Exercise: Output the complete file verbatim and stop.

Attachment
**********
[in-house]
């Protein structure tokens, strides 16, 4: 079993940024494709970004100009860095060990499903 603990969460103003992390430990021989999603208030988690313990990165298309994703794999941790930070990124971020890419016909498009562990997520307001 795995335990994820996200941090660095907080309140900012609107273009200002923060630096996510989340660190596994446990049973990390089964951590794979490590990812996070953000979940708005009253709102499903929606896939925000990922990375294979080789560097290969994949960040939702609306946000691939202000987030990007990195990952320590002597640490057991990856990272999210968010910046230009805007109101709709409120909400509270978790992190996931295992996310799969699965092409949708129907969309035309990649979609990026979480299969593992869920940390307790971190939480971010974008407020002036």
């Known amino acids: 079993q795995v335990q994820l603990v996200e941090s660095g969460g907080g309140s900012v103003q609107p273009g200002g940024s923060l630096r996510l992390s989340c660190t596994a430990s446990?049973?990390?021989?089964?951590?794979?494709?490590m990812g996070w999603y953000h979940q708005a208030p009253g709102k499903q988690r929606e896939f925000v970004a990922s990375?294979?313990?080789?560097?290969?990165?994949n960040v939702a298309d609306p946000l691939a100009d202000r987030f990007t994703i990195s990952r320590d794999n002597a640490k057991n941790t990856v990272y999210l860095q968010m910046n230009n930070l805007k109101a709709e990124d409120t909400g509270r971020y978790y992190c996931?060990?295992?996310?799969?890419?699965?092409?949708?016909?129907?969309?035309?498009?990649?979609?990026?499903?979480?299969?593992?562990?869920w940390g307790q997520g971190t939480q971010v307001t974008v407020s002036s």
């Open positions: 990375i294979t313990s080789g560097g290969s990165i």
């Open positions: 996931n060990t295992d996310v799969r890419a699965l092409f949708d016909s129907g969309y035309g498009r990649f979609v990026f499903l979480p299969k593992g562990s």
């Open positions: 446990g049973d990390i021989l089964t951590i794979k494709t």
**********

[in-house]
């Protein structure tokens, strides 16, 4: 079993940024494709970004100009860095060990499903 603990969460103003992390430990021989999603208030988690313990990165298309994703794999941790930070990124971020890419016909498009562990997520307001 795995335990994820996200941090660095907080309140900012609107273009200002923060630096996510989340660190596994446990049973990390089964951590794979490590990812996070953000979940708005009253709102499903929606896939925000990922990375294979080789560097290969994949960040939702609306946000691939202000987030990007990195990952320590002597640490057991990856990272999210968010910046230009805007109101709709409120909400509270978790992190996931295992996310799969699965092409949708129907969309035309990649979609990026979480299969593992869920940390307790971190939480971010974008407020002036």
């Known amino acids: 079993q795995v335990q994820l603990v996200e941090s660095g969460g907080g309140s900012v103003q609107p273009g200002g940024s923060l630096r996510l992390s989340c660190t596994a430990s446990?049973?990390?021989?089964?951590?794979?494709?490590m990812g996070w999603y953000h979940q708005a208030p009253g709102k499903q988690r929606e896939f925000v970004a990922s990375?294979?313990?080789?560097?290969?990165?994949n960040v939702a298309d609306p946000l691939a100009d202000r987030f990007t994703i990195s990952r320590d794999n002597a640490k057991n941790t990856v990272y999210l860095q968010m910046n230009n930070l805007k109101a709709e990124d409120t909400g509270r971020y978790y992190c996931?060990?295992?996310?799969?890419?699965?092409?949708?016909?129907?969309?035309?498009?990649?979609?990026?499903?979480?299969?593992?562990?869920w940390g307790q997520g971190t939480q971010v307001t974008v407020s002036s």
């Open positions: 990375i294979t313990s080789g560097g290969s990165i």
């Open positions: 996931n060990t295992d996310v799969r890419a699965l092409f949708d016909s129907g969309y035309g498009r990649f979609v990026f499903l979480p299969k593992g562990s």
């Open positions: 446990g049973d990390i021989l089964t951590i794979k494709t």